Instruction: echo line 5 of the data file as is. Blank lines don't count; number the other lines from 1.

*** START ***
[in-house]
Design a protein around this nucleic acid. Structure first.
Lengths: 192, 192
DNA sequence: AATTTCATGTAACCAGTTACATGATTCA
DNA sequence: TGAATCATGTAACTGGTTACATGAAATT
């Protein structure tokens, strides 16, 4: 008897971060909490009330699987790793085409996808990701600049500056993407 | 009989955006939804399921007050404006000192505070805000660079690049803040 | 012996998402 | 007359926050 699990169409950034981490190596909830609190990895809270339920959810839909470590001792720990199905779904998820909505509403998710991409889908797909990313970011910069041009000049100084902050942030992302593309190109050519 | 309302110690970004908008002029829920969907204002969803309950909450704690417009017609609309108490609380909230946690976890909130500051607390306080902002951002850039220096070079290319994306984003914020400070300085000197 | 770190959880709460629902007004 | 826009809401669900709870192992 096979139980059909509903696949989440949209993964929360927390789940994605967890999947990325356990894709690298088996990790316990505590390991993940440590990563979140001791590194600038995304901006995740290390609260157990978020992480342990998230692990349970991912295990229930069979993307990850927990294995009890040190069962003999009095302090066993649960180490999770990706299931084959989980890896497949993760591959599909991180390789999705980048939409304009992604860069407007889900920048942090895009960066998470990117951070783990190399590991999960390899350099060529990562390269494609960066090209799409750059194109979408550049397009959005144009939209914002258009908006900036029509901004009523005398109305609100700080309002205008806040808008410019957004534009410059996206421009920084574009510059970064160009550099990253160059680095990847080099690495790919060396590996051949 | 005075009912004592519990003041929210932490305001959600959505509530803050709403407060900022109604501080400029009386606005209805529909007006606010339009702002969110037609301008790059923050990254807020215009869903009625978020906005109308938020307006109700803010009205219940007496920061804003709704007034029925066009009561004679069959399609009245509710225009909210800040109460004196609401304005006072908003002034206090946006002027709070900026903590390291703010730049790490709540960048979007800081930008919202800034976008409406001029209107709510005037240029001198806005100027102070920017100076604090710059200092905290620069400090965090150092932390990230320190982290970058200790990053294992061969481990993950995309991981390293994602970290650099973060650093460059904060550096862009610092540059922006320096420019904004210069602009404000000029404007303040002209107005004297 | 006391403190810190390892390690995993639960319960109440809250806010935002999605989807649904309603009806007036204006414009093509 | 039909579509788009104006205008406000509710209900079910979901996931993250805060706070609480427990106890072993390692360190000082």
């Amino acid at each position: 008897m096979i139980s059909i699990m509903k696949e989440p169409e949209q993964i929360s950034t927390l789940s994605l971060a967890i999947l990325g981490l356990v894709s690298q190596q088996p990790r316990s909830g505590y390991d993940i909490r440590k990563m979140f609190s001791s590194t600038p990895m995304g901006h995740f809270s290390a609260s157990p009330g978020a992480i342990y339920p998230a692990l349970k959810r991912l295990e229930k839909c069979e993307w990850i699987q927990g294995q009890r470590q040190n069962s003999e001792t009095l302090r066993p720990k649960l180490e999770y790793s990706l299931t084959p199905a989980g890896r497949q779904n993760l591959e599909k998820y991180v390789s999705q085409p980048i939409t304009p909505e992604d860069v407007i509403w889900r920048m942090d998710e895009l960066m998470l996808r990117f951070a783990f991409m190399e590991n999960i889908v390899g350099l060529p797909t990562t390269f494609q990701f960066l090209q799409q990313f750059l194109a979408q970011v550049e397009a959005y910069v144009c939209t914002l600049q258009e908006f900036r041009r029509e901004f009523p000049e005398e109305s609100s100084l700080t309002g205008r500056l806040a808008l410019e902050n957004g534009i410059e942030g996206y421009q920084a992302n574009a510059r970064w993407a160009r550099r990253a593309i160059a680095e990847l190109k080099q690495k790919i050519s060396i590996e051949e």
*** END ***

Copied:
DNA sequence: TGAATCATGTAACTGGTTACATGAAATT